However, above any tool or concept I learned during that one intense year at Acton, was the ability to digest numbers, conversations and wide variety of other inputs and distill it down to the most important things to move my business forward. Most often I translate what I learn or what I believe the other person is communicating down to a simple hand sketch or diagram on a whiteboard.
My abilities today to be an effective communicator and to move quickly to the most important item is a world away from the engineer that entered Acton thinking he could create a successful business by focusing only on building a great product and a sophisticated Excel model.
Acton has given me the skills, perspective and courage to pursue the career of a bootstrapping entrepreneur. I wouldn’t say that my years post graduation have been easy. In fact they have been so much harder, as I have refused to give up on my pursuits when things didn’t go my way. But I have felt that the lessons I learned at Acton help me make decisions almost every day. At times, I have wondered if I am arrogant and refuse to see the reality. But Acton also taught how to have a discussion with your team and listen intently. That keeps me in check.
The most significant thing Acton did for me was give me the tools to be a successful entrepreneur, which made me more confident about making it as an entrepreneur. With what I learned at Acton, I am confident that I learn almost any kind of business and apply my skills and knowledge to add value in that business. Before Acton, starting a business seemed incredibly daunting. Now, it seems exciting and completely achievable to start my own business once I have the right understanding of how the industry works and have the right resources. In short, it has changed my attitude about entrepreneurship from apprehension to excitement.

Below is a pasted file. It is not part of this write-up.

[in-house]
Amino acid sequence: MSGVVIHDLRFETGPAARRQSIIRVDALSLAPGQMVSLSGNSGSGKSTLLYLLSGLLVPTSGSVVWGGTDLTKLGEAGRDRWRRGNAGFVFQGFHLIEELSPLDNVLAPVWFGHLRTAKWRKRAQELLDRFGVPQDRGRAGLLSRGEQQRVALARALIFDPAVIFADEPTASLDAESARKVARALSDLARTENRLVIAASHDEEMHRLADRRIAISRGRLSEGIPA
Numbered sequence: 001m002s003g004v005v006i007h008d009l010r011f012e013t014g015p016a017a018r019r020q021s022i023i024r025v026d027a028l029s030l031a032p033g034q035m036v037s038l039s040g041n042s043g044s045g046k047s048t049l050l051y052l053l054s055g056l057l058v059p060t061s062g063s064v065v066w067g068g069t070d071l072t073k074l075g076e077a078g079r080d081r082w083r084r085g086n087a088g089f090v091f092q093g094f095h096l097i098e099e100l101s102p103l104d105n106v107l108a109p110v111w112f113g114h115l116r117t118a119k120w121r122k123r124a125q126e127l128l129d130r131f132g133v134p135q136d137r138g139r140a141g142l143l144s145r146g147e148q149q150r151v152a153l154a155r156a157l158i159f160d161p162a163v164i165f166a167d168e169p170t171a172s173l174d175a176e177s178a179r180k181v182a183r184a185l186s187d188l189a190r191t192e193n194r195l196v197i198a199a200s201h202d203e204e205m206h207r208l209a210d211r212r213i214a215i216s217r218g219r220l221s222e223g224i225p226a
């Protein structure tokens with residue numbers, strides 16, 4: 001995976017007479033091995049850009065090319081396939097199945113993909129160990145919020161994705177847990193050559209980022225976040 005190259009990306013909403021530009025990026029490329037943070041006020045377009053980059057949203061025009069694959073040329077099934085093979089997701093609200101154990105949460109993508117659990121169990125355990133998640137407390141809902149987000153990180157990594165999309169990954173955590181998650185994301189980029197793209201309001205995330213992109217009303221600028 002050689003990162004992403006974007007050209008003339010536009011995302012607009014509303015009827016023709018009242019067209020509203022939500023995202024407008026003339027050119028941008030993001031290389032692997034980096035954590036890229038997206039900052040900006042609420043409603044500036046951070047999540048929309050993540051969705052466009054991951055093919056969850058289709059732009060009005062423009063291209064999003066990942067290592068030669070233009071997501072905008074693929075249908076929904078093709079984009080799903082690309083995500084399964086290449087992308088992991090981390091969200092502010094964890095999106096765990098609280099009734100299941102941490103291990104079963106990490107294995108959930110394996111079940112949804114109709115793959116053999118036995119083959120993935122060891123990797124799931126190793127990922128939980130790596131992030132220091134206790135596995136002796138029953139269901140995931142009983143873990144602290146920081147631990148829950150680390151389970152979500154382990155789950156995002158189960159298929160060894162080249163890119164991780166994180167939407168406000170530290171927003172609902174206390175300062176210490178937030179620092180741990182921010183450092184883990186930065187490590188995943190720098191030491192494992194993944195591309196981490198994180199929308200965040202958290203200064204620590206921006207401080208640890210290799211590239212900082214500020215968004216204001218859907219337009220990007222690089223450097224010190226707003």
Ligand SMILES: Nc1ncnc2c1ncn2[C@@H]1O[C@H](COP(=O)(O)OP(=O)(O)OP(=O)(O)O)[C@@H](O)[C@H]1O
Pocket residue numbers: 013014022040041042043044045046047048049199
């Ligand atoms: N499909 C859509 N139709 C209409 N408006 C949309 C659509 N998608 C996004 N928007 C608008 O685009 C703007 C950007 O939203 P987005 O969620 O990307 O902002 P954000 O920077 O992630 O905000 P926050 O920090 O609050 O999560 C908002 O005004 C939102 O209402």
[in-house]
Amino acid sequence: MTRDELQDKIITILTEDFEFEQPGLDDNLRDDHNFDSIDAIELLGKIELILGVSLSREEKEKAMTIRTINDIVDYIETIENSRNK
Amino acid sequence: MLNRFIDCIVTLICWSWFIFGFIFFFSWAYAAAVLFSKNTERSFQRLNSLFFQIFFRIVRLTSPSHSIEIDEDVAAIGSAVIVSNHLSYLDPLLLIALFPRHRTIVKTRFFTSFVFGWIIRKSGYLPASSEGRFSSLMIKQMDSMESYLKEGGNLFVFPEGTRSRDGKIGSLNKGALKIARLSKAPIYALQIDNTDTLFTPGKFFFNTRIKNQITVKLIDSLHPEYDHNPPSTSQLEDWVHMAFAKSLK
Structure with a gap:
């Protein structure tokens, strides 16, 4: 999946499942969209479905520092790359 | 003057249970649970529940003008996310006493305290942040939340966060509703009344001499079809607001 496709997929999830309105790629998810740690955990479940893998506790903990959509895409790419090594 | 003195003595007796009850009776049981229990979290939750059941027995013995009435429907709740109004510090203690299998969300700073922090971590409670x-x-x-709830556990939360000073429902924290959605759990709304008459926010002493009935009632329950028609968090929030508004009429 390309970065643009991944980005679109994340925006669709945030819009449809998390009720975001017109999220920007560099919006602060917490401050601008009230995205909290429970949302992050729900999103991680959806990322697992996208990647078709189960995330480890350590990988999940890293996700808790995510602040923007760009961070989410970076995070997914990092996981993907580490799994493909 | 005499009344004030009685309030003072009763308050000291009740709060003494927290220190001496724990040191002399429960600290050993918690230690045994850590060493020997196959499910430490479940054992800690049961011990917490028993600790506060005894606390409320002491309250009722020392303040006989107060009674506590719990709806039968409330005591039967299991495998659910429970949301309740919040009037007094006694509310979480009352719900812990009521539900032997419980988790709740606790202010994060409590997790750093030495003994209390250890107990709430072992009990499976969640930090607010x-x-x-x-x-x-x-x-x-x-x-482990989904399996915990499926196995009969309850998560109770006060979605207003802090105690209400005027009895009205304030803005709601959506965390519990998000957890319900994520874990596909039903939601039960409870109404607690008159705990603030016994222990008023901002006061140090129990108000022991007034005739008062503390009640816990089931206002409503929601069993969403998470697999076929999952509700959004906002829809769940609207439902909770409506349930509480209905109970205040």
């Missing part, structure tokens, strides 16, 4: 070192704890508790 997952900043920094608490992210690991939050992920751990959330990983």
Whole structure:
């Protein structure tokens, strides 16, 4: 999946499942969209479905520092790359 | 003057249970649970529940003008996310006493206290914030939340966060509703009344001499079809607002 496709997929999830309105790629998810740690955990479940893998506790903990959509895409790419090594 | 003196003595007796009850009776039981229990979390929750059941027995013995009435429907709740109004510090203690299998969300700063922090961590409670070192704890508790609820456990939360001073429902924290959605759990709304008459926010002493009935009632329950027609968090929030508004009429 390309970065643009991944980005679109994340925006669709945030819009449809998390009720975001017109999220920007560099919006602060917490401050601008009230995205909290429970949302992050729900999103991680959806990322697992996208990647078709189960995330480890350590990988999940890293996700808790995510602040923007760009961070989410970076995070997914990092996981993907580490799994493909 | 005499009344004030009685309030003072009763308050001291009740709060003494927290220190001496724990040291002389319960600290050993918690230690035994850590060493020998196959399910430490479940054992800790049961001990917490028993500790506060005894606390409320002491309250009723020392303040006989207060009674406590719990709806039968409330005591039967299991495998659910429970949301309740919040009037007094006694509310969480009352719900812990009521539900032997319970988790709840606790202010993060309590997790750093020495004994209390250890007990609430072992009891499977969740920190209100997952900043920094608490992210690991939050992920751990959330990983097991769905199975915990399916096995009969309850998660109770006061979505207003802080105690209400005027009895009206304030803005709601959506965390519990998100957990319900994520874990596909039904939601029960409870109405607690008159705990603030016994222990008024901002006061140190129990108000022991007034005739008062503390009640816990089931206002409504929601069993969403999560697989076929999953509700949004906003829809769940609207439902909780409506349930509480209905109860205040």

Advice for new and prospective students with an engineering background…
Today I spend 90% of my time building operations processes and managing relationships with vendors to put an infrastructure in place to support the rollout of a nationwide network of in-store kiosks that will deliver free samples to 1MM+ consumers each week. I spend only 10% of my time engineering, and primarily in building/managing an engineering team and translating the needs of the business to design specifications.
I am successful at leading an engineering organization because of my 5 plus years of industry experience, across a wide array of technical functions (R&D, product development, manufacturing). My suggestion to a potential Acton grad would be to get as diverse a set of experiences as you can as an engineer so that you have a broad set of technical skills that you can tap as you enter Acton and later as you engineer your first startup.
Don’t think an Acton education will be any easier because of your background. Brace yourself and give it everything you have got, and then some. Develop skills that you don’t have, e.g. in my case, people skills, sales and decision making ability. There is a very fine line between resisting the flood of advice you will get, and becoming totally insular from your feedback system. Keep an eye on that line. Don’t stop working as hard as you did at Acton, since it will bring you back to your old normal. Believe in yourself and don’t judge yourself short based on a few months of trial after graduation.
My biggest piece of advice is: don’t let the fact that you don’t have a business background deter you from pursing an Acton MBA. The fact that you have made it through an engineering program means you already have a mind capable of handling business. In fact, your potential lack of business experience could be a benefit to you, as you won’t have to “unlearn” many bad habits and improper lessons like your classmates who spent time in the business world before Acton.
More Questions? Let Us Know!
Do you have any other questions about applying to Acton, starting a business, or building on your engineering experience with an MBA? We’d love to hear from you in the comments below or feel free to contact us directly!
And learn about other alumni experiences at Acton – based upon their own backgrounds, professional interests and experiences.
Leave a Reply
You must be logged in to post a comment.